Figure 5. Bleeding score. Rats were subjected to 6 hours MCAo followed by approximately 18 hours of reflow. Treatment with rt-PA began 1 minute before reflow. The values are the mean ± SEM (n = 5, 5, 7, 5, 5, 5, 5, respectively). * p < 0.05 compared to indicated groups (Kruskal-Wallis, Newman-Keuls). # p < 0.05 compared to 30 mg/kg rt-PA, IV (Kruskal-Wallis, Newman-Keuls).
Figure 6. IA saline control animals. Rats were subjected to 6 hours MCAo with reflow. Treatment with IA saline commenced 1 minute before reflow. Photographs of the gross brain and a TTC stained coronal section from each animal in the group are displayed.
Figure 7. IA rt-PA 10 mg/kg animals. Rats were subjected to 6 hours MCAo with reflow. Treatment with IA rt-PA 10 mg/kg commenced 1 minute before reflow. Photographs of the gross brain and a TTC stained coronal section from each animal in the group are displayed. Arrows indicate hemorrhage.
Figure 8. IA rt-PA 30 mg/kg animals. Rats were subjected to 6 hours MCAo with reflow. Treatment with IA rt-PA 30 mg/kg commenced 1 minute before reflow. Photographs of the gross brain and a TTC stained coronal section from each animal in the group are displayed. Thin arrows indicate hemorrhage. Thick arrows indicate damage to the hypothalamus.
Figure 9. IV rt-PA 10 mg/kg animals. Rats were subjected to 6 hours MCAo with reflow. Treatment with IV rt-PA 10 mg/kg commenced 1 minute before reflow. Photographs of the gross brain and a TTC stained coronal section from each animal in the group are displayed. Arrows indicate hemorrhage.
Figure 10. IV rt-PA 30 mg/kg animals. Rats were subjected to 6 hours MCAo with reflow. Treatment with IV rt-PA 30 mg/kg commenced 1 minute before reflow. Photographs of the gross brain and a TTC stained coronal section from each animal in the group are displayed. Arrows indicate hemorrhage.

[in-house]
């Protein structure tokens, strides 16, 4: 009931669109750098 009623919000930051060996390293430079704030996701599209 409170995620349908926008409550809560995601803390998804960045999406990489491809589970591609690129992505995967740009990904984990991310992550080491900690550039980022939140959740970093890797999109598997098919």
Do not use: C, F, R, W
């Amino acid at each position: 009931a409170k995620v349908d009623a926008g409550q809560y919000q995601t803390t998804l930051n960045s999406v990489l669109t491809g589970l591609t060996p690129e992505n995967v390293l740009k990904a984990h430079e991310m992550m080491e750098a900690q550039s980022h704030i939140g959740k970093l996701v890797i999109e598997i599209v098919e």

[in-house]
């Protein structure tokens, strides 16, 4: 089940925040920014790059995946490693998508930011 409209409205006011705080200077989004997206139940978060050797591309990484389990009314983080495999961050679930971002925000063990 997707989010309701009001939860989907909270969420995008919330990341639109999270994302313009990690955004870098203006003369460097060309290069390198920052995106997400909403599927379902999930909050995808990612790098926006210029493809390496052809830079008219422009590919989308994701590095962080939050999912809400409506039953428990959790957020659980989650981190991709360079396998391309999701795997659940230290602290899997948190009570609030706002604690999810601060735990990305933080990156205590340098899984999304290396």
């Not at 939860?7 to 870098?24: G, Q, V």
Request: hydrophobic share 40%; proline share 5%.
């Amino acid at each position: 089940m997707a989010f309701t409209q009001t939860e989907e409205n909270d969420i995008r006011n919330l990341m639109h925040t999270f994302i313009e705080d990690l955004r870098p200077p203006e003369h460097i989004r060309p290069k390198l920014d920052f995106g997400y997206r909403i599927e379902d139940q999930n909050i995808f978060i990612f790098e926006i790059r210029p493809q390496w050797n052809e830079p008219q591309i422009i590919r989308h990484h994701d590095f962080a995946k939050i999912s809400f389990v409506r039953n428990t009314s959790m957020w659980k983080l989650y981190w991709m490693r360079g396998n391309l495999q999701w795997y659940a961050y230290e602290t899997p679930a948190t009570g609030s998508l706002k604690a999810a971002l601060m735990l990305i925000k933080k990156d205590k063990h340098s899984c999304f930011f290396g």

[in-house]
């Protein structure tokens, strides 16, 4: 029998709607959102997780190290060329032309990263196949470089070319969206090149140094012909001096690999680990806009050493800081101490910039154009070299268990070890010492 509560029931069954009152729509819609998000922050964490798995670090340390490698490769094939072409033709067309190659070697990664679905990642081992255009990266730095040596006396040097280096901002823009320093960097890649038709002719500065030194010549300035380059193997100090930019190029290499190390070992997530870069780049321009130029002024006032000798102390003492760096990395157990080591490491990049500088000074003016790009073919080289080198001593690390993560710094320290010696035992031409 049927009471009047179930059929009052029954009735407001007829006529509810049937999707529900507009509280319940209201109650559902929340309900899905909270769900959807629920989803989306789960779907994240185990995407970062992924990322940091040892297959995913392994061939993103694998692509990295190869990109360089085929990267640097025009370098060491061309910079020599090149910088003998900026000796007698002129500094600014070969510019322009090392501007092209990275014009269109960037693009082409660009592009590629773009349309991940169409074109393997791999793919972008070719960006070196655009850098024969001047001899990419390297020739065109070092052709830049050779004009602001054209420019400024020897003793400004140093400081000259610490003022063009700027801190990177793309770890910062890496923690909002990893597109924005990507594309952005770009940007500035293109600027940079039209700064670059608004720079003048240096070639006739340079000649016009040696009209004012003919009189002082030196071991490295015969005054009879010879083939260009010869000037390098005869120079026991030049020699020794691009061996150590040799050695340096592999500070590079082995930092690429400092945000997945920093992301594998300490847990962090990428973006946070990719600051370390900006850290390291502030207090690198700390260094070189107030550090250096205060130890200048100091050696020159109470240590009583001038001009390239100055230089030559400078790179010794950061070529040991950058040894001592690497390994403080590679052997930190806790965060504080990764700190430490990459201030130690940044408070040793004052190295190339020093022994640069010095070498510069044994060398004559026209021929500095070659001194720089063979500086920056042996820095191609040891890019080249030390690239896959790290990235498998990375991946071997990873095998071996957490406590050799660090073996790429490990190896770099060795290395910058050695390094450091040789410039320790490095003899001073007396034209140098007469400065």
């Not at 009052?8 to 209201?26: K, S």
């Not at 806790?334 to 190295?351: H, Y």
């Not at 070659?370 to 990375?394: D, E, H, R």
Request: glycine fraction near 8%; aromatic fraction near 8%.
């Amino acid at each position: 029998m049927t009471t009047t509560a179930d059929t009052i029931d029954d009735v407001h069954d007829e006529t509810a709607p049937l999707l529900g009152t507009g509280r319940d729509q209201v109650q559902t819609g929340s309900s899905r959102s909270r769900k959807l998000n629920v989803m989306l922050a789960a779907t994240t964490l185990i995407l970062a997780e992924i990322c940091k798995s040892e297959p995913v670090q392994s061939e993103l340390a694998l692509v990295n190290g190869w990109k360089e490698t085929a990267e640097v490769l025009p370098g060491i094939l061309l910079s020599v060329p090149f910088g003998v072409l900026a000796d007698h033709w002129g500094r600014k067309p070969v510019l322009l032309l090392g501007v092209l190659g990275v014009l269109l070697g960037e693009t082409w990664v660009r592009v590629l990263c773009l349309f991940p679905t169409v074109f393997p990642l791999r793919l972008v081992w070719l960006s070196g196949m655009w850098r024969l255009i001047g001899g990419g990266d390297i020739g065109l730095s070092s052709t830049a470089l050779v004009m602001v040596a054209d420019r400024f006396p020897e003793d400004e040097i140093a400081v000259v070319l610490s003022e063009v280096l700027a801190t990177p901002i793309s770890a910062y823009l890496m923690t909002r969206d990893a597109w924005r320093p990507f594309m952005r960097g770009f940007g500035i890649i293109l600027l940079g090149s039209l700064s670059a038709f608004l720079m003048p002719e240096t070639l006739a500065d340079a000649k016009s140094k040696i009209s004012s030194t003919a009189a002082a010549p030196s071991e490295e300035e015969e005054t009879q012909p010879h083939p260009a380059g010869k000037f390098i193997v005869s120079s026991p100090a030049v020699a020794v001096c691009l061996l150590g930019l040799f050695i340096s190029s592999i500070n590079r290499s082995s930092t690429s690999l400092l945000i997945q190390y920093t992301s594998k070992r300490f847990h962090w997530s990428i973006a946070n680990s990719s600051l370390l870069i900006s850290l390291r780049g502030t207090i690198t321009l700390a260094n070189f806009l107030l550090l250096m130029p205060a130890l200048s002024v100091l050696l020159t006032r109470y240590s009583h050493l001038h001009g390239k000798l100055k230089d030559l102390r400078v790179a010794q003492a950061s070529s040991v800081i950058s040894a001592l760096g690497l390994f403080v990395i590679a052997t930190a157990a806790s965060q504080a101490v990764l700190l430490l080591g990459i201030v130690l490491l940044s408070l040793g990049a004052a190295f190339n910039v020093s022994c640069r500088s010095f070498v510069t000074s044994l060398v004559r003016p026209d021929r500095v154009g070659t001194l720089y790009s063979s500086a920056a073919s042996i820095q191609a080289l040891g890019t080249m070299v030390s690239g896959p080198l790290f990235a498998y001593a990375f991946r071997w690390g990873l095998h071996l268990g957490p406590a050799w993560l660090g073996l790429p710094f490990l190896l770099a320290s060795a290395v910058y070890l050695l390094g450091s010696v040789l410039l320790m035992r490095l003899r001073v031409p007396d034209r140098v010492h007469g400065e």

The Bleeding Severity Score of the saline group (1.7 ± 0.5) and the groups treated IA with 1, 5 and 10 mg/kg rtPA were low (2.2 ± 0.4, 2.4 ± 0.3 and 2.5 ± 0.2, respectively) and similar (Figures 5, 6 and 7). Markedly more severe bleeding was observed with 30 mg/kg rtPA delivered IA (4.9 ± 0.4) compared with all other groups except 5 mg/kg IA rt-PA. One rat treated with 30 mg/kg rt-PA IA had a massive space-occupying hemorrhage and did not survive to the scheduled end of the experiment (# 61715, Figure 8). Three rats in this group had left brain stem hemorrhage (# 61713, 61723, and 61721 Figure 8, left panels, respectively; thin arrows) resulting in hypothalamic damage (Figure 8, right panels, respectively; thick arrows). Two of these rats developed seizure activity after dosing that necessitated euthanasia.
An increase in bleeding score occurred with increased doses of rtPA IV (Figure 5). The 30 mg/kg IV rtPA dose showed a higher Bleeding Score (3.1 ± 0.7) as compared to the 10 mg/kg rtPA IV dose (1.0 ± 0.3), and space-occupying hemorrhage occurred in 2 of 5 rats (61366 and 61368, Figure 10; right panel, respectively; thin arrows). Four of 5 rats were euthanized approximately 3 hours after terminating anesthesia after agent administration because of unresponsiveness. None of the rats in this group had brain stem hemorrhage, seizure activity or hypothalamic damage.
The 10 mg/kg IA rt-PA dose caused significantly more bleeding than did 10 mg/kg IV (Figures 5, 7 and 9). Indeed, rats that received only 1 or 5 mg/kg IA rt-PA had significantly more bleeding than rats receiving 10 mg/kg rt-PA IV. Similarly, 30 mg/kg IA rt-PA caused significantly more bleeding than did 30 mg/kg IV (Figures 5, 8 and 10). The Bleeding Score in rats receiving 30 mg/kg rt-PA IV was not significantly different that in rats receiving 10 mg/kg rt-PA IA. Multivariate analysis revealed a statistically significant effect of dose and route on Bleeding Score (Table 4).
Table 4. Analysis of Covariance (ANCOVA)
The infarct volume after 6 hours of ligature ischemia followed by 18 hours reflow was not significantly different for all treatments (Figure 11), although there was a trend towards a larger infarct volume using the highest dose (30 mg/kg) of rt-PA either IA or IV. Saline treatment (252 ± 41 mm3) and treatment with 1 mg/kg IA (264 ± 19 mm3), 5 mg/kg IA (247 ± 23 mm3) and 10 mg/kg IA (240 ± 8 mm3) had very similar infarct volumes, whereas infarct volume after treatment with 30 mg/kg rtPA IA tended to be larger (306 ± 35 mm3). Infarct volumes after IV rtPA at 10 and 30 mg/kg (298 ± 37 and 338 ± 48 mm3, respectively) tended to be larger than saline control. Multivariate analysis showed no statically significant effects of dose or route on infarct volume (Table 4).